Expeditious. With a single word, the literary sleeping pill of Section 102(c) of the Real ID Act has led to a civil-rights nightmare on the southern border.

Designed to mute laws that could hinder Secure Fence Act construction, Section 102 provides that “the Secretary of Homeland Security shall have the authority to waive, and shall waive, all laws such Secretary, in such Secretary’s sole discretion, determines necessary to ensure expeditious construction.”

In short, one unelected official can nullify any law that could prevent quick construction. To date, DHS has issued five such waivers for “expeditious” implementation of the Secure Fence Act, including last April Fool’s no-joke waiver of 36 federal acts — Clean Air, Clean Water, just name it — along with “all federal, state, or other laws, regulations and legal requirements of, deriving from, or related to the subject of” those laws, from California to Texas.

Where a fence of legal protections stood, border walls are rising. Never has such legislative power been handed so vaguely to our executive branch.

With construction of a 57-mile segment in the El Paso sector now under way, protestors met last Wednesday night in Fort Hancock to march for four days up the river to El Paso. Like town criers they spread news about wall construction. “Wake up, Fabens!” they called to residents of this small community. “The wall is at your doorstep!”

For their dissent against the Secure Fence Act, border residents are falsely described on talk radio and candy television as indifferent to security. In fact, border residents are especially interested in security. Their point is that barriers have not only failed since they were first built in 1978 — remember the Tortilla Curtain? — but that they create new problems, such as rising violence between drug cartels over constricted routes.

They are not alone in their critique. In my frequent travels along the river during the wall debate, I never miss a chance to ask Border Patrol agents what they think. With few exceptions they chuckle, or scoff, or roll their eyes. “The government’s gonna do what the government’s gonna do.” Or: “A wall won’t stop people. They’ll just go over or around.”

Some, fearing for their jobs, claim to have no opinion. Earlier this year at a Congressional Field Hearing on the issue, Congressman Silvestre Reyes — the former El Paso Border Patrol Sector Chief who supported mid-1990’s fence expansion, but opposes it now — warned not to “hang a fence” around the neck of Rio Grande Valley Chief Agent Ronald Vitiello. “He’s got to `agree` if he wants to remain chief of this sector,” insisted the Congressman.

“I do,” agreed Chief Vitiello.

On their route upstream, protesters stopped often to hear about the real issues: the Drug War is too simplistic; the cartel violence in Mexico is fueled by weapons supplied from within the United States; the billions paid to private contractors for barrier construction would be better spent on education, health care, and economic development; border militarization intimidates. Walls further isolate people from their river, and divide extended families older than Massachusetts.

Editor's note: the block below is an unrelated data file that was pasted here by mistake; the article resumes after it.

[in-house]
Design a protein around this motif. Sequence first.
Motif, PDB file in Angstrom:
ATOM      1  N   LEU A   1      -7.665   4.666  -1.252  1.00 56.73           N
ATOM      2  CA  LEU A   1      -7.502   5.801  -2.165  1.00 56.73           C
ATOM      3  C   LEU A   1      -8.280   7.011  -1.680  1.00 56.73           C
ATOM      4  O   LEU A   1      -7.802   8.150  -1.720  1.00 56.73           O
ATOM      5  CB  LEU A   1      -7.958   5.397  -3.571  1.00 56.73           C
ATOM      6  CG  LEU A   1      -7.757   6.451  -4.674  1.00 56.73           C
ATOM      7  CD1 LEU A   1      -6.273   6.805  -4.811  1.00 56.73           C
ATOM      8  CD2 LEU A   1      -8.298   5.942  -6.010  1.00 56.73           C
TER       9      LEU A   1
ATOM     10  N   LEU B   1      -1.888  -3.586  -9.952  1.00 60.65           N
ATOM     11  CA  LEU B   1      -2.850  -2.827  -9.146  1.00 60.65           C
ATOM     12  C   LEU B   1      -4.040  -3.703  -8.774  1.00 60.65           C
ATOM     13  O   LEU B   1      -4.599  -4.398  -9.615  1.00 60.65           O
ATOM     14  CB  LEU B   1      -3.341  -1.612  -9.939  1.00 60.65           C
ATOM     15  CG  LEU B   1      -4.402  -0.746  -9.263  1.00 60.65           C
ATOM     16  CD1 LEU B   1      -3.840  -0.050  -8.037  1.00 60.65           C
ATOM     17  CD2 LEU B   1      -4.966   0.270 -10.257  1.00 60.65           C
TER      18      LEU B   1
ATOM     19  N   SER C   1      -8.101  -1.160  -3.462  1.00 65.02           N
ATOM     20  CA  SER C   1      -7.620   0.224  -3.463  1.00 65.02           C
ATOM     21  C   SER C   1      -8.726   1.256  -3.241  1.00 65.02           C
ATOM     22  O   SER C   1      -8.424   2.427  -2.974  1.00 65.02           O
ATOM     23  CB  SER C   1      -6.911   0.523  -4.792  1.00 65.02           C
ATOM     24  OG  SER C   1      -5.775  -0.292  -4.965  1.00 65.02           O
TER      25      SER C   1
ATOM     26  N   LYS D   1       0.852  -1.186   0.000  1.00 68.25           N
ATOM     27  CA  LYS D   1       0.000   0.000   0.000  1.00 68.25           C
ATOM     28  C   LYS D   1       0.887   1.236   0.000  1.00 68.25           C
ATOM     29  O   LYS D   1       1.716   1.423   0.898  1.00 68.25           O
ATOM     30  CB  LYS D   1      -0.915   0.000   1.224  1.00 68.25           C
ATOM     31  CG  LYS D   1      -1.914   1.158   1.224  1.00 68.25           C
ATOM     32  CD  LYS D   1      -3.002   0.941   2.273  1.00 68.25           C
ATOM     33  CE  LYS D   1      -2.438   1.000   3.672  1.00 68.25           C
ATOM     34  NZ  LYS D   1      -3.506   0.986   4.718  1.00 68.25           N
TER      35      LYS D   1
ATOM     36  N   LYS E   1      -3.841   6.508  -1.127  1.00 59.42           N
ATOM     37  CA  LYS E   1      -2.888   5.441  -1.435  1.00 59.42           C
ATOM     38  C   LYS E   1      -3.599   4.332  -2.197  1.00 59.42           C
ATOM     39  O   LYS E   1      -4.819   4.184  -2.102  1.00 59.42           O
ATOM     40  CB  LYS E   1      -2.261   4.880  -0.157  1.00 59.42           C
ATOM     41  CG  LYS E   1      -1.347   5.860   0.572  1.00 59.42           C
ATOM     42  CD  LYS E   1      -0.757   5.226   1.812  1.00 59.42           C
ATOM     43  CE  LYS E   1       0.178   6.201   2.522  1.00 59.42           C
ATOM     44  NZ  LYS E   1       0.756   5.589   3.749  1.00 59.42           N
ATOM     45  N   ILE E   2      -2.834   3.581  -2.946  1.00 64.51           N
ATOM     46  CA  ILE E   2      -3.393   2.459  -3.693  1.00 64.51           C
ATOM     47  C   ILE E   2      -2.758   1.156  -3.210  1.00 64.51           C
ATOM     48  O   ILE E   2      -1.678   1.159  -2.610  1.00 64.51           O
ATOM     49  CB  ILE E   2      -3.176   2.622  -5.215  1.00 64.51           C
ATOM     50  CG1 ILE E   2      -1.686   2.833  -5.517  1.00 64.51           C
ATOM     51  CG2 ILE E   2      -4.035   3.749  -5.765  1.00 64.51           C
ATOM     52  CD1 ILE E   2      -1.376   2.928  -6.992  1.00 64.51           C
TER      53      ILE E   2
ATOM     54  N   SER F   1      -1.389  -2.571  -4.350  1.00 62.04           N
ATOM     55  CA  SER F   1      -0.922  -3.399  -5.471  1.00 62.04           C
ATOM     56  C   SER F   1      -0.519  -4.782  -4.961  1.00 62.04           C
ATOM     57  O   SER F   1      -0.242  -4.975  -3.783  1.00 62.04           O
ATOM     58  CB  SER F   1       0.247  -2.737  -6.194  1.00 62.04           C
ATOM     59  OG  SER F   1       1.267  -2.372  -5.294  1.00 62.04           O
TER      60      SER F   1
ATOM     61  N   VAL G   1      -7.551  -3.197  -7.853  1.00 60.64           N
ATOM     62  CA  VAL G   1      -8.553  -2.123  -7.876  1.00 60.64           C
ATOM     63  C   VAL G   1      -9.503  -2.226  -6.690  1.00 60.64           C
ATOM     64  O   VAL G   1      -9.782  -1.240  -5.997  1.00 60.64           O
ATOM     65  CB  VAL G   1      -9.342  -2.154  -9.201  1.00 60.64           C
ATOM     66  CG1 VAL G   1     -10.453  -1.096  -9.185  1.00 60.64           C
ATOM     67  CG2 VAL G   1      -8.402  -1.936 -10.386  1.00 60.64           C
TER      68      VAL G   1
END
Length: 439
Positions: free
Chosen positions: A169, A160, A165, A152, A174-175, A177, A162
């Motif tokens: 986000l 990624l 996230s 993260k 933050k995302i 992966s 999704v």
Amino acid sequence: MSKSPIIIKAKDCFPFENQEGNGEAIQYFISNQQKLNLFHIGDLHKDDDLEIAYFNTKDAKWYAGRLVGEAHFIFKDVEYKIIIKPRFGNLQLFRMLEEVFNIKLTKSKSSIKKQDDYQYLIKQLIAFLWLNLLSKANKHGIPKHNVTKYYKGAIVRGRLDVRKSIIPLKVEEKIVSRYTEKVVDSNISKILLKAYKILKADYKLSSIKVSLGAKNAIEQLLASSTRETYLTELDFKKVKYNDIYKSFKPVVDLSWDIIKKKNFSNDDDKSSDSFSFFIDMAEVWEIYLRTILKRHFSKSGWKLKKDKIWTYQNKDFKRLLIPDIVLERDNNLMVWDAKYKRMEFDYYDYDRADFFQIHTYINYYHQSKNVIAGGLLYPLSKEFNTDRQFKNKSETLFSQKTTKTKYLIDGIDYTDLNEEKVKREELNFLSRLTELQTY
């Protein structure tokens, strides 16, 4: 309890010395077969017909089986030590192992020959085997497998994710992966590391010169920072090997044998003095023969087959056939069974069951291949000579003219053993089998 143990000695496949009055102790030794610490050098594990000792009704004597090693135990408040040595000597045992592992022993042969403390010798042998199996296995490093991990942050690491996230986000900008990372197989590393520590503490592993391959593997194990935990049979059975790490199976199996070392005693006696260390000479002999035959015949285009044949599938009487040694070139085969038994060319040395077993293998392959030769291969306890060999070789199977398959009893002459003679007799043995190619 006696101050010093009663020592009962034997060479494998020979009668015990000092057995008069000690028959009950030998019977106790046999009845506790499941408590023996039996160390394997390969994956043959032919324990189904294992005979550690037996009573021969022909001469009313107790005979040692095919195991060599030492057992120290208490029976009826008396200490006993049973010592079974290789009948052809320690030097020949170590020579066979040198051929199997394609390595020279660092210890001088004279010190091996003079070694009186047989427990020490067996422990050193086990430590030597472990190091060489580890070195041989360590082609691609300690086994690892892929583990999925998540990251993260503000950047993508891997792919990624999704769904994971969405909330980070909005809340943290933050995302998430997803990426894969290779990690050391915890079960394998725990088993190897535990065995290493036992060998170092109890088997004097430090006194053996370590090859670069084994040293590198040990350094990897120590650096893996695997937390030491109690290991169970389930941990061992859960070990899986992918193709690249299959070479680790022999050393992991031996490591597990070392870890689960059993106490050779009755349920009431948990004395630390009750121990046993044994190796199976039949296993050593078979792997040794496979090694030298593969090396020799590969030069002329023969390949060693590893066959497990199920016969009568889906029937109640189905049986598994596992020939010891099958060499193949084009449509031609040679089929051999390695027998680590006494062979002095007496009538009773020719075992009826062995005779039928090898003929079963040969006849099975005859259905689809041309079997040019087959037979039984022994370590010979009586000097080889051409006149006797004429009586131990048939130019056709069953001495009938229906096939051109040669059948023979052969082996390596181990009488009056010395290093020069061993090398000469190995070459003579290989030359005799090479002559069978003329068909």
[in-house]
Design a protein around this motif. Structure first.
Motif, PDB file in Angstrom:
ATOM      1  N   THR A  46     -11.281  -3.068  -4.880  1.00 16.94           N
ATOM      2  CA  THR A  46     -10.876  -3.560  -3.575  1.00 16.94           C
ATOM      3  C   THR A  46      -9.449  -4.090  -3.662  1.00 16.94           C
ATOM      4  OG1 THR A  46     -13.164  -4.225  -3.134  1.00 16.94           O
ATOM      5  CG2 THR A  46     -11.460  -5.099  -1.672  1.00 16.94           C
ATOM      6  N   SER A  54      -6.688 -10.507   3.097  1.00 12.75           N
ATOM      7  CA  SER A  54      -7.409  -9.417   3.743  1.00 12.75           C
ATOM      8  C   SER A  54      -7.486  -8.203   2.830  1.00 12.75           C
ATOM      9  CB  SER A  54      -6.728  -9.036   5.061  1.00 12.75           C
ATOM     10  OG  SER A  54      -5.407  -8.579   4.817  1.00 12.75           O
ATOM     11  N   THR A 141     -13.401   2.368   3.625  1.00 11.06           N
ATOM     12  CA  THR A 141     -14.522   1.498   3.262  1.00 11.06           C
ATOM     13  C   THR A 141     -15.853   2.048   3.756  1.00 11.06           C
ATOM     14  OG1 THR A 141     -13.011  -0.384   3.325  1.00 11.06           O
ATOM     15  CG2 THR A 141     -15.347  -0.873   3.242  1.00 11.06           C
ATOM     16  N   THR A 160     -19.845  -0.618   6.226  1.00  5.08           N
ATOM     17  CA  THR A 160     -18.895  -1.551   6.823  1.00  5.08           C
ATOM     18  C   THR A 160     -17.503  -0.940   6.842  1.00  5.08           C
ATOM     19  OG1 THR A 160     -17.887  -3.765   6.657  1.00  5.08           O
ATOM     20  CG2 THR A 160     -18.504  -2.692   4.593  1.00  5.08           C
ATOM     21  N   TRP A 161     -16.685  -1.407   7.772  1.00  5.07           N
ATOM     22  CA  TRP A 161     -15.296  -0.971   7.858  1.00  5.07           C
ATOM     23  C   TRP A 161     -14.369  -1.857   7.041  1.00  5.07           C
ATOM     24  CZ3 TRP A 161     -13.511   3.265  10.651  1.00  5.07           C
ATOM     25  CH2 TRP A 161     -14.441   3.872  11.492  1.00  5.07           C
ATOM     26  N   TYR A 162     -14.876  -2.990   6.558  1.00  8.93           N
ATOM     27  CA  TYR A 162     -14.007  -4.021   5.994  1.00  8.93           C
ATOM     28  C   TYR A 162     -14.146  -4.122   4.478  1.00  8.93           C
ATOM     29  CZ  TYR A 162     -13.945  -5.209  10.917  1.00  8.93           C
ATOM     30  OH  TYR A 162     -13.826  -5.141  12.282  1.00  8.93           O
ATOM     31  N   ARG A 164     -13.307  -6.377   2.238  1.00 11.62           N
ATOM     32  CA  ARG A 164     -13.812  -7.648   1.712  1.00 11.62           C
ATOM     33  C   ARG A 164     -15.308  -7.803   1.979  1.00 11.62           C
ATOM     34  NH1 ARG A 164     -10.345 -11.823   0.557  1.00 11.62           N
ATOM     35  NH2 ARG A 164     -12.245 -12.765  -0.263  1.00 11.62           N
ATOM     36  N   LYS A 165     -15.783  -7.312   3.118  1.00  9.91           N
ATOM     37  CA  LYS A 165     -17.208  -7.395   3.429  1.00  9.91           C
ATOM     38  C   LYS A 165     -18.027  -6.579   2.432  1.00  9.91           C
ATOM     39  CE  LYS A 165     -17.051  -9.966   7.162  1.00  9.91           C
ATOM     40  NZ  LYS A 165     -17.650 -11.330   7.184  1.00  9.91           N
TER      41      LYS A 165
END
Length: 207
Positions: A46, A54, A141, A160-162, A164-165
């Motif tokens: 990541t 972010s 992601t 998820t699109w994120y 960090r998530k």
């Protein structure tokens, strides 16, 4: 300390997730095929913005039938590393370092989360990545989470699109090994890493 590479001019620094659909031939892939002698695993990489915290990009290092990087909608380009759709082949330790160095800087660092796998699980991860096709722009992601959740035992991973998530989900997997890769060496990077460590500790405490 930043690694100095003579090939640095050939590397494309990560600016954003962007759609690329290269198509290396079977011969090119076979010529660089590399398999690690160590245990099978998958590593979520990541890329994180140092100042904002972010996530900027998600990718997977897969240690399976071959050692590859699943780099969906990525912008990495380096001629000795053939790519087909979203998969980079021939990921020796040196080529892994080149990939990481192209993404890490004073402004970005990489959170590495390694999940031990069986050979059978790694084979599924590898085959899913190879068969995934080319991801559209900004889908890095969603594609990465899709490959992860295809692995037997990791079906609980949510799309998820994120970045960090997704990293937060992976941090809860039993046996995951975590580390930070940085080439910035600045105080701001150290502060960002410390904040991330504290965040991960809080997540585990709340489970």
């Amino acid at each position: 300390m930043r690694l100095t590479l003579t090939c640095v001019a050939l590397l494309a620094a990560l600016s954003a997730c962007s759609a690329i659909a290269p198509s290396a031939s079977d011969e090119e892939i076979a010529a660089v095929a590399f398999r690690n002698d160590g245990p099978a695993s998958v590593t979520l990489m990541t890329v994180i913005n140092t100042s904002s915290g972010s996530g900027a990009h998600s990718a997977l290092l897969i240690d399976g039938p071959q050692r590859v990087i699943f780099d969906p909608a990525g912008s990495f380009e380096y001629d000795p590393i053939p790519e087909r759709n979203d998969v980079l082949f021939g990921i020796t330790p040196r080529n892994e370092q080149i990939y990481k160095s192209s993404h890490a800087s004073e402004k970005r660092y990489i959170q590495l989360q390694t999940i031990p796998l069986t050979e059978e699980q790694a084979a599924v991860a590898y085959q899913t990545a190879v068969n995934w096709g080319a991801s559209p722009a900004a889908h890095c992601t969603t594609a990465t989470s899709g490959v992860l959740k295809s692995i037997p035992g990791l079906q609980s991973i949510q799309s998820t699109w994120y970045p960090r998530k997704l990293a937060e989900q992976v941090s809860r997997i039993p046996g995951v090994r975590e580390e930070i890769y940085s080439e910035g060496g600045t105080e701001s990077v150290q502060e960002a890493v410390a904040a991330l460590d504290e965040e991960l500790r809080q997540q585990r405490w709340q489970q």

Said one 80-year-old man with Teutonic blue eyes, “This wall makes me think of Nazi Germany, and that’s a bad thing.” He paused before asking: “Is President Bush a part of this?”

As if in a made-for-TV detective movie, agents in unmarked government vehicles followed conspicuously, trying but failing to hide on side streets and behind gas stations.

A riverfront farmer lamented the scant attention paid by DHS to the removal of non-native salt cedar, though this would help to restore the river’s flow as a natural fence. One marcher, a Wisconsin native, remembered his late wife where the couple used to picnic beneath a giant cottonwood. “When I’m depressed, I come out here,” he said. “I just can’t imagine walling this.” The camaraderie of his fellow marchers, he told me, “renews my conviction to fight it.”

“If I don’t protest,” said one to another as they passed a field of blooming cotton, “I’m complicit.”

They camped by the road. They slept in churches. They were blessed by priests and by the honking of car horns.

A dozen had started out from Fort Hancock last Thursday morning, but their cause and spirit proved contagious. A high-school freshman joined at San Elizario, and during a downpour said casually, “I hope it rains again tomorrow so they’ll see how determined we are.”

There were 60 at Ysleta, and more than a hundred at Anapra, where the new wall extends from an old fence segment westward across desert toward Arizona. Fifty more arrived on the Mexican side. Fingers shook fingers through the wire mesh. Apples and bottles of water were lobbed southward, and a priest led a bi-national prayer.

One marcher, seeing the wall for the first time, fought back her tears. “It looks like a barrier in a refugee camp in a war-torn country very far from here.”

A Border Patrol unit on horseback watched from a respectful distance. I asked them what they thought about the wall. “You’d have to refer that question to our local PIO” came the reply, steering me to a Public Information Officer.

“But the government claims that Border Patrol field agents have asked for these barriers,” I say. Expressing surprise at one of the key arguments for the Secure Fence Act, the agent shrugged, admitting, “I haven’t heard anything about that.” •


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